Lung cancer usually begins as a tiny spot, most often on the inner lining of a bronchial tube. Lungs have a rich supply of blood and lymph vessels close to the cancer cells. If these cells get into the bloodstream or the lymph system, they can act as seeds and spread to other parts of the body. When this happens, it is called a metastasis. A metastasis (or "met," as it is sometimes called) is not a new kind of cancer, but is the lung cancer which has moved to another part of the body and begun to grow there. Therefore, even if it has spread to the bone, for example, it is not bone cancer but simply an extension or metastasis of the lung cancer. The metastasis looks and behaves in the same way as the original lung cancer, and therefore the same treatment which has been used to contain the lung tumor is likely to be used in treating the metastasis.
How does the original lung tumor affect the lung?
There can be several effects on the process of breathing. As the tumor on the lining of a bronchus or bronchiole grows, it may interfere with the flow of air through the breathing tube and cause a wheeze or whistling noise as the air passes through the narrowed part of the bronchus. Or the tumor may cause a cough as it obstructs the upward movement of mucus. Sometimes it makes an already existing cough worse or, because it is bleeding, produces bloodstreaked sputum (mucus and/or pus coughed up from the bronchial tube).
How Long Does It Take For A Lung Cancer Tumor To Grow?
Benign tumors (adenomas) do occur but they are rare. Prior to surgery they are difficult to distinguish from cancerous tumors and are therefore treated in the same manner.
Are most cases of lung cancer operable?
No. About 50 percent of all cases of lung cancer are inoperable.
What if the tumor has spread outside the lung? How does it affect other parts of the body?
Sometimes fluid accumulates in the space between the lungs and the ribs. This can cause chest pain and make it hard to breathe. A tumor growing between the two lungs may press on the esophagus and make it hard to swallow. It may affect the nerves that go to the voice box and make you hoarse. When it grows in one of the smallest bronchial tubes, it may not have any effects that you notice.
When should I have a cough investigated to make certain it isn't something more serious?
It is wise to investigate the source of any cough that lasts for more than 2 or 3 weeks. This rule goes for the cough that hangs on after a chest cold or for the cough of chronic bronchitis even though you have had it checked before. A cough, or a change in cough habit, is found in most lung cancer patients at some time during the course of the disease. The tumor seems to act like a foreign body or obstruction within the lung, and the cough represents the effort to expel it.
Are there any other symptoms I should be looking for?
Other signs which are fairly common in lung cancer are vague chest pains, a faint wheezing sound in breathing, or blood streaked sputum. Chest pain is the second most common symptom. It is usually felt as a persistent ache unrelated to a cough and is commonly experienced on the side on which the tumor is located. Faint wheezing is fairly common at a relatively early stage. It is not necessarily constant. Blood streaked sputum is a first symptom in a small percentage of cases. However, even small amounts of blood in the sputum fine streaks, for instance must be regarded seriously. Its appearance, even once, should always be reported to the doctor. Coughing up blood, either in flecks or streaks, occurs in over half the patients with lung cancer.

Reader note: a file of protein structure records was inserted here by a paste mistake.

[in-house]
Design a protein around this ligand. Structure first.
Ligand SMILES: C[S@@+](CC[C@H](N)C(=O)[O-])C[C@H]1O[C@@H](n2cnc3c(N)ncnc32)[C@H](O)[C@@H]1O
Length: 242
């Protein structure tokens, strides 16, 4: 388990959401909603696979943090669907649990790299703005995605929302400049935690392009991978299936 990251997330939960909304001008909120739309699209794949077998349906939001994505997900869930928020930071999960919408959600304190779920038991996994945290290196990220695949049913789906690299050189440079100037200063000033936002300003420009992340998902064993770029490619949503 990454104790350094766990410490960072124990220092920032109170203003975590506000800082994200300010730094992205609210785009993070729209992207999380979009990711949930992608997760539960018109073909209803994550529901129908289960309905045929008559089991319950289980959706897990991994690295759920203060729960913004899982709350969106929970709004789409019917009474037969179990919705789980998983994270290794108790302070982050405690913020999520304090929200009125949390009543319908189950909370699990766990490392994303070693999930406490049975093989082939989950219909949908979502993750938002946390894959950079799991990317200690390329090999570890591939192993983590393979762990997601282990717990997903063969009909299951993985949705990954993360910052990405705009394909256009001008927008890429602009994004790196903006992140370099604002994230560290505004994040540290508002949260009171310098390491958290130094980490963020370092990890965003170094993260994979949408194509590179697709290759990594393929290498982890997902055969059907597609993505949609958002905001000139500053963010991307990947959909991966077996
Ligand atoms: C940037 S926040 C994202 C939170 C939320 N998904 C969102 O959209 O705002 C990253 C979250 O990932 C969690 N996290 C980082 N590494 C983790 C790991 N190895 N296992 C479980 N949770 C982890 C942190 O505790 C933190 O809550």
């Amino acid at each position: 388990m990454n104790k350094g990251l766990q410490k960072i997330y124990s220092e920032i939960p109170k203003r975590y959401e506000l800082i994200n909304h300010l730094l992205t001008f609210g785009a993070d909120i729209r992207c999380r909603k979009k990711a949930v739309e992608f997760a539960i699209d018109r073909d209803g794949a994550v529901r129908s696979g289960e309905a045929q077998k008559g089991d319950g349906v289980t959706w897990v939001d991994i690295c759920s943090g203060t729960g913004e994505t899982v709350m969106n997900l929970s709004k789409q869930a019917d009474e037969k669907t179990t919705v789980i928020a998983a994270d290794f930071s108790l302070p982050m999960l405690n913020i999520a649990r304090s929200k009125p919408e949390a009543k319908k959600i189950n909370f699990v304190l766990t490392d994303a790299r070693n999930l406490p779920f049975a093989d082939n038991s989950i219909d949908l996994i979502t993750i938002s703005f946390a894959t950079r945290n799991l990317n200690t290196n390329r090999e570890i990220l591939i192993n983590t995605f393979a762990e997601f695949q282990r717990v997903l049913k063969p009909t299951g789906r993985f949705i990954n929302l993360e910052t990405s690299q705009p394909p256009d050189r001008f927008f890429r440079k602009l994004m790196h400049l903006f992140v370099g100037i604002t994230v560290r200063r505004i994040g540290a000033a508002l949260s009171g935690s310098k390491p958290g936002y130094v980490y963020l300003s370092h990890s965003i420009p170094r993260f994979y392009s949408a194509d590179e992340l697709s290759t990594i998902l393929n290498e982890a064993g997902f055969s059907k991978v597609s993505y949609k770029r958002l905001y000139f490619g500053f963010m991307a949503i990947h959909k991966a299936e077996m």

Can arm and shoulder pain be a symptom of lung cancer?
Yes. One type of lung cancer, known as a superior sulcus tumor, is sometimes incorrectly diagnosed as cervical arthritis or bursitis because of arm and shoulder pain symptoms. The tumor is located in the upper part of the chest and usually extends into the adjoining ribs and spine, producing shoulder and arm pain, sometimes extending to the forearm and the fourth and fifth fingers. An x-ray of the chest, with special attention to the superior sulcus area, helps to determine whether this tumor is the cause of shoulder and arm pain.
How much time does it take for symptoms of lung cancer to show up?
Lung cancer is fairly slow growing and it ordinarily takes about 20 months from the time the tumor becomes visible on an x-ray to the appearance of the first symptom. And that symptom is usually a change in the character or severity of a chronic cough. Unfortunately, what happens all too often is that the patient usually waits 2 or 3 months before seeing a doctor and then another 3 or 4 months go by before treatment is started, thus compounding the problem.
Who are the people most likely to get lung cancer?
People most likely to develop lung cancer are between 50 and 70 years old and have smoked almost all of their adult lives.
Is it true that lung cancer in women is on the increase?
Yes. With many more women smoking than ever before, the number of women with lung cancer has increased at an alarming rate, so that smoking is now responsible for 75 percent of all lung cancers in women. The cancer rate for female smokers is 67 percent higher than for nonsmokers.
Studies being supported by the National Cancer Institute show that occupations and environmental factors may play a role in the development of lung cancer. Persons who have been exposed frequently and for many years to irritating substances (such as asbestos, chromium compounds, radioactive ores, nickel, arsenic, and uranium) in the air they breathe in an industrial plant are thought to have a somewhat greater chance of developing lung cancer. A worker in these kinds of industries who smokes faces an even greater risk. If you are over 40, smoke two packs a day, and or are in an occupation that is thought to be cancer producing, you should have frequent medical checkups.